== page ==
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We've seen some amazing displays of the Northern Lights this past week, but watch this video, and you'll see one of the strongest solar storms in recent years as it swirls and pulses across Canada.
OUT OF THIS WORLD | Earth, Space And The Stuff In Between - a daily journey through weather, space and science with meteorologist/science writer Scott Sutherland

Aurora dances across Canada in awesome timelapse. Watch here


Scott Sutherland
Meteorologist/Science Writer

Monday, November 9, 2015, 11:55 AM - We've seen some amazing displays of the Northern Lights this past week, but watch the video above, and you'll see one of the strongest solar storms in recent years as it swirls and pulses across Canada.

According to NASA:

The dancing lights in the image above are the aurora borealis or Northern Lights. These auroras are at their most dynamic during geomagnetic storms — often the result of solar storms called coronal mass ejections, or CMEs, that originate from the sun. The aurora shown above occurred as the result of a CME that erupted from the sun early on Mar. 15, 2013. Some 46 hours later, early on Mar. 17, 2013, this CME struck Earth’s magnetic field, depositing and storing energy in Earth’s magnetosphere. When this energy was released, charged particles from the magnetosphere were sent rushing down towards Earth’s atmosphere where they collided with neutral particles, creating the brilliant aurora.
These aurora images were taken from the ground looking up with a network of all-sky cameras spread across Canada, studying auroras in collaboration with NASA’s Time History of Events and Macroscale Interactions during Substorms, or THEMIS, mission. Taking images of aurora from the ground in conjunction with satellite data taken from above the atmosphere gives scientists a more comprehensive picture of how and why the aurora form.

NASA also says that this Canada-wide all-sky camera network has been observing the past week's auroras as well.

While the March 17, 2013 aurora displays were due to the arrival of a large coronal mass ejection - a cloud of charged solar plasma that erupted from the Sun pointed roughly in Earth's direction - the first displays of the Northern Lights that burst across our skies in early November 2015 were actually due to a more constant flow of matter from the sun, known as the solar wind.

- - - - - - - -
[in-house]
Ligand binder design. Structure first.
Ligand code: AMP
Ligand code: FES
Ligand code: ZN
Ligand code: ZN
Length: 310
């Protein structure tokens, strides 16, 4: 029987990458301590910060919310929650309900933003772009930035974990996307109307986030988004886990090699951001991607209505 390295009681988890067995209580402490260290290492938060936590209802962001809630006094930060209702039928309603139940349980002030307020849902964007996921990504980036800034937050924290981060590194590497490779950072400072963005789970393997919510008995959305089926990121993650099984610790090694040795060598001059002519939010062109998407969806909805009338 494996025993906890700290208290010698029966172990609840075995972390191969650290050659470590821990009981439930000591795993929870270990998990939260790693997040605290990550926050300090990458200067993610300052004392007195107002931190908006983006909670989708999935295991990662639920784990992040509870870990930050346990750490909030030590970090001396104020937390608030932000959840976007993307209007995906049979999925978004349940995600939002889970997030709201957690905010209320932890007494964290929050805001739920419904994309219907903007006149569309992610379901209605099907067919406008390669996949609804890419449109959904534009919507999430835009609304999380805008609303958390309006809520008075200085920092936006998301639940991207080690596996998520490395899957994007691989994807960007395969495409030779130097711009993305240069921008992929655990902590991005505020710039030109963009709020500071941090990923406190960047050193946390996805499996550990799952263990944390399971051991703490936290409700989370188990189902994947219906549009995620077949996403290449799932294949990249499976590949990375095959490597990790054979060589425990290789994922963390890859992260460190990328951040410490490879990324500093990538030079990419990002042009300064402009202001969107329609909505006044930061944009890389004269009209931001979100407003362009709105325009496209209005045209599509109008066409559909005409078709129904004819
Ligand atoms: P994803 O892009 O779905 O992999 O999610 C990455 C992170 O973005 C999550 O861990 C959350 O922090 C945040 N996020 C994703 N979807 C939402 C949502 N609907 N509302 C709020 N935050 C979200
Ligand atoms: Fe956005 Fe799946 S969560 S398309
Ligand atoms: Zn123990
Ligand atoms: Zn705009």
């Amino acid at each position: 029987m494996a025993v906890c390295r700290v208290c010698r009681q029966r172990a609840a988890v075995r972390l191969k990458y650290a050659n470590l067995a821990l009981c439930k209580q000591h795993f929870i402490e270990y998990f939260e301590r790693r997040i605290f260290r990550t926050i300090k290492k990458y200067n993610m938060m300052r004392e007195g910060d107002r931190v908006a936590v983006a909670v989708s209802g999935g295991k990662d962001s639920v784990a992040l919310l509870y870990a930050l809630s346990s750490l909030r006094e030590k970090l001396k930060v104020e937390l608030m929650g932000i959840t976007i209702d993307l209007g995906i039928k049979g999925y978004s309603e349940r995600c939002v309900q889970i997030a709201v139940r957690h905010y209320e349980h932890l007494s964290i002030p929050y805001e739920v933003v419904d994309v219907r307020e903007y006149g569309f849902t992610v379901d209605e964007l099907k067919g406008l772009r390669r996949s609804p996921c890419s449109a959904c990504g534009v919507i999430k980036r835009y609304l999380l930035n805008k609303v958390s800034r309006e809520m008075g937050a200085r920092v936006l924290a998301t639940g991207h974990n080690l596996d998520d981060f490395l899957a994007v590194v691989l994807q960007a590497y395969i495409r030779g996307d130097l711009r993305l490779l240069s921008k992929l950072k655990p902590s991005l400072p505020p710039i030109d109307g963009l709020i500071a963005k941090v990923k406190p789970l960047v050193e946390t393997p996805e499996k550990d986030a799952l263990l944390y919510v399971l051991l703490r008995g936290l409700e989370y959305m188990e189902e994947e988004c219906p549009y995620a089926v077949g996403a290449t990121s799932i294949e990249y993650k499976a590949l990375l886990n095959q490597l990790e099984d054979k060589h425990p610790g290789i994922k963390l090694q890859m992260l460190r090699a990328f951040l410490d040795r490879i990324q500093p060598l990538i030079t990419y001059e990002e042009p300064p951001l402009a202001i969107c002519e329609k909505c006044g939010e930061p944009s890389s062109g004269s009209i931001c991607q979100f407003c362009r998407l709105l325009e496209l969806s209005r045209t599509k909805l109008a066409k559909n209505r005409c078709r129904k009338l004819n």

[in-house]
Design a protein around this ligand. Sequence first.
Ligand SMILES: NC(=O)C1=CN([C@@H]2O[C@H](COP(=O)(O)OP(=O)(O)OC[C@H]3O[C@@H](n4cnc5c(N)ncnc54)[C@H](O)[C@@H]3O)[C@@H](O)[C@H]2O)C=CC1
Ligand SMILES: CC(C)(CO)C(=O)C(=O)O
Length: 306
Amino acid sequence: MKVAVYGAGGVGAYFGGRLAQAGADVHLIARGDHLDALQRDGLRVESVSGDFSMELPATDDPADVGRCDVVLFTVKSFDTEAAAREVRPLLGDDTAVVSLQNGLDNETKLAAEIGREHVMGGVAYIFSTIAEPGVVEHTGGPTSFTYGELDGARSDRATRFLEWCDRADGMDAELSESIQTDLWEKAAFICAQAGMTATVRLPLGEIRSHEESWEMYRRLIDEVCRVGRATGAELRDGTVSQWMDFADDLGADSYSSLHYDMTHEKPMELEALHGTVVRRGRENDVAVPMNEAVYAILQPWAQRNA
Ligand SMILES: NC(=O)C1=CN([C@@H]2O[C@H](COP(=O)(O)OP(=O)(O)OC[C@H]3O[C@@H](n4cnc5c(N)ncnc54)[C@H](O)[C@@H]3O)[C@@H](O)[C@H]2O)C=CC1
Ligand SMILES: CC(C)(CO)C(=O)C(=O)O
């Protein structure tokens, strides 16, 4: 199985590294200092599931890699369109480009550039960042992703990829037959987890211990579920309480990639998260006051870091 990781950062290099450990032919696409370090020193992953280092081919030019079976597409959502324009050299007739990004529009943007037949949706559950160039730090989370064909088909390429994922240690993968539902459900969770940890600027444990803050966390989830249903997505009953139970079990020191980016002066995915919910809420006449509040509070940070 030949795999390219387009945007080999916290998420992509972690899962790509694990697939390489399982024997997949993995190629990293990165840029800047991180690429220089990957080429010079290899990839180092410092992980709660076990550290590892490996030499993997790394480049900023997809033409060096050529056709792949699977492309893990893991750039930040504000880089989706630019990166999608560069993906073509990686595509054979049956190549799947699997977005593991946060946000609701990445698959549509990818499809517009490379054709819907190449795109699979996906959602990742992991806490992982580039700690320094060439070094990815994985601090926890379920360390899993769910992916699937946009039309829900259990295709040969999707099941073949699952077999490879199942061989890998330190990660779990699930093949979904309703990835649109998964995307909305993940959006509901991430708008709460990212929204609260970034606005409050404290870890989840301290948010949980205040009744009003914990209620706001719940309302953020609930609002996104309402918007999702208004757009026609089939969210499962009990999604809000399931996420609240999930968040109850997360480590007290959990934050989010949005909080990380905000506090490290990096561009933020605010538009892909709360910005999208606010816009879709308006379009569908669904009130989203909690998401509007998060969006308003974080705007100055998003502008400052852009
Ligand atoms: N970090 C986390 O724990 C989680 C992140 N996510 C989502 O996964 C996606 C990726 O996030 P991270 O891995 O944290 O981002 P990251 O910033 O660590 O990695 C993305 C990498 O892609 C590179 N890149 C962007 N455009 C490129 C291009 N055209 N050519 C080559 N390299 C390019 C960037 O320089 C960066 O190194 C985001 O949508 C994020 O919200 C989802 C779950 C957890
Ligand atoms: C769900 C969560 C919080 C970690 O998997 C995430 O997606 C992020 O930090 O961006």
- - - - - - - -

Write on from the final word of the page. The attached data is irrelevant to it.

The "pinwheel" of the solar wind. Credit: NOAA

As Earth travels around the Sun in its orbit, the planet is caught up in a spinning "pinwheel" of solar particles streaming away from the Sun into space. This "pinwheel" is made up of thick, concentrated streams of the solar wind that move fairly slowly, separated by more diffuse regions that have particle streams moving much faster. Sometimes, though, these faster, more diffuse streams come directly from a region on the Sun called a "coronal hole" - a region where the normally-closed magnetic field loops at the Sun's surface open up, allowing matter to stream away especially quickly. Space weather forecasters call this a "coronal hole high speed stream" or CH HSS.

When a concentrated stream of the solar wind washes over us, Earth passes through relatively untouched as the planet's magnetic field forms a protective "bubble" around us. When we emerge out the other side of a concentrated stream into one of these coronal hole high speed streams, that "bubble" collapses. The fast-moving particles in the stream can then deposit energy into Earth's magnetosphere, just like when a CME sweeps past us. The geomagnetic storms that are sparked by this chain of events typically don't reach the same intensity as the ones touched off by a CME, however they can last longer and the auroral displays can be just as vibrant.

Sources: NASA | NOAA SWPC | TeamTanner

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